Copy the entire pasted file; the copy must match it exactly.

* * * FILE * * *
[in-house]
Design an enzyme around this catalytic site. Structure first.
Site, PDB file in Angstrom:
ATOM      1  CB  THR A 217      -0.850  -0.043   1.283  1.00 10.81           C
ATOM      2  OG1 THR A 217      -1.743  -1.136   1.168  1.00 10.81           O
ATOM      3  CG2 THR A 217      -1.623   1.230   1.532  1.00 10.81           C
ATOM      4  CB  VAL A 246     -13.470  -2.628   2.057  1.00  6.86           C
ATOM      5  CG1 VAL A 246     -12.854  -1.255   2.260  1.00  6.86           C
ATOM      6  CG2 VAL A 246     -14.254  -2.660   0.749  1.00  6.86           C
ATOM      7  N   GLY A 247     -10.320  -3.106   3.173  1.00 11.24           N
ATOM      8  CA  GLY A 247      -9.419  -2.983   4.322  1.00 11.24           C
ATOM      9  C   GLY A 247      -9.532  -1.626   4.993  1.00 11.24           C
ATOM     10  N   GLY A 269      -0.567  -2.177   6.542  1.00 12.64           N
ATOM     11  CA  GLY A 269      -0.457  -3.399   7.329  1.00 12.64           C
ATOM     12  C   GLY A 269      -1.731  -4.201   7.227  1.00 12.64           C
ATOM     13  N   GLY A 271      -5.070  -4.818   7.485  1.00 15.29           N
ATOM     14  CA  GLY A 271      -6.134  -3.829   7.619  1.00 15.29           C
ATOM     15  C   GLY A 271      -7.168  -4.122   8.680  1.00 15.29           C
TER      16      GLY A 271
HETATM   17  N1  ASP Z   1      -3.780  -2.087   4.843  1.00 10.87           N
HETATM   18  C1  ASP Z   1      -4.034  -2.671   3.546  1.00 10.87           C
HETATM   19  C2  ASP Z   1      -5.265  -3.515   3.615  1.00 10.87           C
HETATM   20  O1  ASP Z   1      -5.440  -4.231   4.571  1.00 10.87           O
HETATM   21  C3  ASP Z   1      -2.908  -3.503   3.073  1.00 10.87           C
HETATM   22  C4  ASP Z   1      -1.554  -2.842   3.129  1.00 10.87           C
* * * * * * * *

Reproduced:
[in-house]
Design an enzyme around this catalytic site. Structure first.
Site, PDB file in Angstrom:
ATOM      1  CB  THR A 217      -0.850  -0.043   1.283  1.00 10.81           C
ATOM      2  OG1 THR A 217      -1.743  -1.136   1.168  1.00 10.81           O
ATOM      3  CG2 THR A 217      -1.623   1.230   1.532  1.00 10.81           C
ATOM      4  CB  VAL A 246     -13.470  -2.628   2.057  1.00  6.86           C
ATOM      5  CG1 VAL A 246     -12.854  -1.255   2.260  1.00  6.86           C
ATOM      6  CG2 VAL A 246     -14.254  -2.660   0.749  1.00  6.86           C
ATOM      7  N   GLY A 247     -10.320  -3.106   3.173  1.00 11.24           N
ATOM      8  CA  GLY A 247      -9.419  -2.983   4.322  1.00 11.24           C
ATOM      9  C   GLY A 247      -9.532  -1.626   4.993  1.00 11.24           C
ATOM     10  N   GLY A 269      -0.567  -2.177   6.542  1.00 12.64           N
ATOM     11  CA  GLY A 269      -0.457  -3.399   7.329  1.00 12.64           C
ATOM     12  C   GLY A 269      -1.731  -4.201   7.227  1.00 12.64           C
ATOM     13  N   GLY A 271      -5.070  -4.818   7.485  1.00 15.29           N
ATOM     14  CA  GLY A 271      -6.134  -3.829   7.619  1.00 15.29           C
ATOM     15  C   GLY A 271      -7.168  -4.122   8.680  1.00 15.29           C
TER      16      GLY A 271
HETATM   17  N1  ASP Z   1      -3.780  -2.087   4.843  1.00 10.87           N
HETATM   18  C1  ASP Z   1      -4.034  -2.671   3.546  1.00 10.87           C
HETATM   19  C2  ASP Z   1      -5.265  -3.515   3.615  1.00 10.87           C
HETATM   20  O1  ASP Z   1      -5.440  -4.231   4.571  1.00 10.87           O
HETATM   21  C3  ASP Z   1      -2.908  -3.503   3.073  1.00 10.87           C
HETATM   22  C4  ASP Z   1      -1.554  -2.842   3.129  1.00 10.87           C